And, yes, “clever” is an adjective which implies a value judgement. The same can be said for “elitist.” I’ll bet Christopher can define and defend his standards for reaching his conclusion much better than girlfriend can explain hers.

  7. Vivienne says:

    Is being clever and intelligent the same thing? I’m not sure anyone is prepared to say. Since humans across the globe are homogenous, it should be possible to take, for instance, a newborn from an uncontacted Amazon people and bring it up in a middle class English family with lots of advantages and it could get to Oxford or Cambridge, perhaps. When we left Africa all those tens of centuries ago we spread very rapidly across the globe- those that arrived in Australia would have had to set off straight away. In this case, I don’t think it’s possible that we evolved any further: we were already adaptable and it there was no imperitative to get more intelligent, it was not somehow the destiny we were all supposed to strive for, and for this to have happened across the globe in an identical fashion is beyond belief. So, way back then, there must have been people as bright as Einstein or Newton, but with different issues to face. Some of us seem to be wired slightly differently and I do think a strong interest in something means you stick at it and thereby seem clever. It’s easy to give up on quantum mechanics or even killer sudokus.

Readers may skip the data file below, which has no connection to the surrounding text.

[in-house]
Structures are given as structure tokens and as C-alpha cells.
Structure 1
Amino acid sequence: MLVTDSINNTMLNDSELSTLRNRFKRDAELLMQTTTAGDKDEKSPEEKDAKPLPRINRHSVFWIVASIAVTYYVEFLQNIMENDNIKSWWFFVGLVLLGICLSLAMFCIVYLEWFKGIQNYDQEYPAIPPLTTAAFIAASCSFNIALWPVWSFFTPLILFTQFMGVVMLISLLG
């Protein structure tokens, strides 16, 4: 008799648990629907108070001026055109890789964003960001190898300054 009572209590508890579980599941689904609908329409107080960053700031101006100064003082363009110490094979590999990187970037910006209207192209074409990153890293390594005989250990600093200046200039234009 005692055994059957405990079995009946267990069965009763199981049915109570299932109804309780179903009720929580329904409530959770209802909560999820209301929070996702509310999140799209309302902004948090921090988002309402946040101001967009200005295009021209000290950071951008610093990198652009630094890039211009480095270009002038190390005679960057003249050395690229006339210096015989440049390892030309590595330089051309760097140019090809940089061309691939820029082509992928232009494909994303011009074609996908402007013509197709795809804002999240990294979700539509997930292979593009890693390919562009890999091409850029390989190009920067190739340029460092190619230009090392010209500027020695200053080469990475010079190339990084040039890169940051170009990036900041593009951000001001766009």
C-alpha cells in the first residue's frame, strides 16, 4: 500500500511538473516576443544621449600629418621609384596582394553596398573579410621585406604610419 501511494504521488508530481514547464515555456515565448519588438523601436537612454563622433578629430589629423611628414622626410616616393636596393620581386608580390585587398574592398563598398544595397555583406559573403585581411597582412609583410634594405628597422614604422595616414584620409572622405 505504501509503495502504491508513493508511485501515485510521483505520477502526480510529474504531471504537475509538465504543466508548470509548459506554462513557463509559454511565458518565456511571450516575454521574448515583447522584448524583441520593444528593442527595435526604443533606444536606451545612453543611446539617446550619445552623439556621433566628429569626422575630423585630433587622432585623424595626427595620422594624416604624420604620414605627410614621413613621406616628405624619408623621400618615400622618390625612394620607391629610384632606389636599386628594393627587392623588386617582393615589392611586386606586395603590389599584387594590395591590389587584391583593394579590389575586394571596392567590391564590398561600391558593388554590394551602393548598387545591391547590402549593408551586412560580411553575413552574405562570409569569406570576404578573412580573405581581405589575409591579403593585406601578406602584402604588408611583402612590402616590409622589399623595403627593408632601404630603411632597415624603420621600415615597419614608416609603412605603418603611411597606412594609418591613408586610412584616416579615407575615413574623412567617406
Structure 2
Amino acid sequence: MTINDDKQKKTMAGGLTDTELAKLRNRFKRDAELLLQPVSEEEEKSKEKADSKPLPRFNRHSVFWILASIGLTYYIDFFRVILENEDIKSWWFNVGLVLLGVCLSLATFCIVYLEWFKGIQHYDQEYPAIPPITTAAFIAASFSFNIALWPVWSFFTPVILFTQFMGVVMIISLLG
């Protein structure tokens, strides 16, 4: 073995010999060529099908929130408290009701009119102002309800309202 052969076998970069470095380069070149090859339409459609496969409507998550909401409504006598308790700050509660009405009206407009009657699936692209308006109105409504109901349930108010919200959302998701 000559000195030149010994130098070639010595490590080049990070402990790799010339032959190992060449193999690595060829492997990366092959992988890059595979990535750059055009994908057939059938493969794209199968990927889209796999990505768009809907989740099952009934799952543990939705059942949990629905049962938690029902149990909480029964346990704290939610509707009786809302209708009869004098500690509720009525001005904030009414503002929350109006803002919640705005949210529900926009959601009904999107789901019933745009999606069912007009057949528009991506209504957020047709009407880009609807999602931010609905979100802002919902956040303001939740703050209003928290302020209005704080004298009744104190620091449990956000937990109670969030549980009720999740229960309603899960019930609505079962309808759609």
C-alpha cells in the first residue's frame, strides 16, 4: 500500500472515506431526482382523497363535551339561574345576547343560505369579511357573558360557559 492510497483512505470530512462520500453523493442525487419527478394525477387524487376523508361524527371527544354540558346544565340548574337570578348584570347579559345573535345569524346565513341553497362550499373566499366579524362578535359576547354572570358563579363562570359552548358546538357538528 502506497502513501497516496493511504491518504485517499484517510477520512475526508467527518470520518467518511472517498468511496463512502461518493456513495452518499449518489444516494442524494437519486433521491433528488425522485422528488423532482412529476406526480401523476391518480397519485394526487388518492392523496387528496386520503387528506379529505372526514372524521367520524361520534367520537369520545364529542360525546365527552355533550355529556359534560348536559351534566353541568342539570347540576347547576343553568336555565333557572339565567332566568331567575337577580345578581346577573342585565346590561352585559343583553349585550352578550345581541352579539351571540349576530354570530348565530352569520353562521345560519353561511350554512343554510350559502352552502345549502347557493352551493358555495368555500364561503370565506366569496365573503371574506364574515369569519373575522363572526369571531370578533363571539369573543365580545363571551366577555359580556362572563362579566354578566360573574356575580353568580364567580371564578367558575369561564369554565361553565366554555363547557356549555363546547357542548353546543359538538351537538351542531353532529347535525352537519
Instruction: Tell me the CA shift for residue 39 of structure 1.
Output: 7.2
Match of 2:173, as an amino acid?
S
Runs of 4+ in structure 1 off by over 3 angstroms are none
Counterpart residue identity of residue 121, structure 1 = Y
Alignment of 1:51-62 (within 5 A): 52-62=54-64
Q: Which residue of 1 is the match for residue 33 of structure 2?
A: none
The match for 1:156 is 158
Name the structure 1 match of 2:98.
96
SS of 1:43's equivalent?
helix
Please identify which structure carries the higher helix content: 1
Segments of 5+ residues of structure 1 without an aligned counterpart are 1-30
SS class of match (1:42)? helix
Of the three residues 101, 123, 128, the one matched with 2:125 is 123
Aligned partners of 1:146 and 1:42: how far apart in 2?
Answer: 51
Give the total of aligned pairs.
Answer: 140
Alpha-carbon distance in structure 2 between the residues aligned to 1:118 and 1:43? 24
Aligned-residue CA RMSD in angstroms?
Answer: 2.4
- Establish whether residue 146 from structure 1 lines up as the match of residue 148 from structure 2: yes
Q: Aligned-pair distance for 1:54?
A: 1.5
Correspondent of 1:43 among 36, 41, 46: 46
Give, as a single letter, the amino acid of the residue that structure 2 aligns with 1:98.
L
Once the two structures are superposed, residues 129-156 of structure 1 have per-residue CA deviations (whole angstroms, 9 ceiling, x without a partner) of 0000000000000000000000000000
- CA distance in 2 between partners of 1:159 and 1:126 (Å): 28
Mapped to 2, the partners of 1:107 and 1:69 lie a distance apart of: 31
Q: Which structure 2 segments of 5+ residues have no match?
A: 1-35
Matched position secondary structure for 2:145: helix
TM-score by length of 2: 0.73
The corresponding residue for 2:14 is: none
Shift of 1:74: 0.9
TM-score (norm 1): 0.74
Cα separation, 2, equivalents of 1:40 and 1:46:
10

8. John Griffin says:

    I think you are confusing the polys with the FE colleges, which were privatised in 1991. Up to Sept 91 they did all those engineering courses, plus craft and trade qualifications – within a year the senior staff were driving Mercs and Beamers, the staff were on base wages and all the engineering etc courses had been snuffed out in favour of ‘travel & tourism’ etc.

  9. Helen Martin says:

    John, that sounds so familiar. We had the B.C. Institute of Technology, where you could train as a chef, a licensed nurse, a lab technician, or a transportation professional. The instructors were just that, instructors and graduates found employers standing in line waiting for them. It’s still a good place to train but it’s called a University now and that means a number of the courses have changed somewhat and the faculty have delusions of grandeur. I have always said that the two systems are very different and cater to different kinds of mind. Not better ones, different ones. I described it once as the difference between the weirdie who proposes some far out type of experiment and the technician who makes sure the thing is monitored, regulated and recorded properly – the PhD and the lab tech, who need each other.

  10. Anji says:

    I totally agree with what you’re saying,sometimes it is good to switch off when you have an enquiring mind,although it doesn’t stop when you’re watching a visual feast of a film which requires no great cerebral analysis, you just tell it not to enquire so much. But I love to analyse and think about things much to my detriment at times and would hate to have everything dumbed down to the point of insipid and a lot of TV programmes are being designed this way it seems, to encourage people NOT to think and question. Worrying and disturbing…what is the next step I wonder?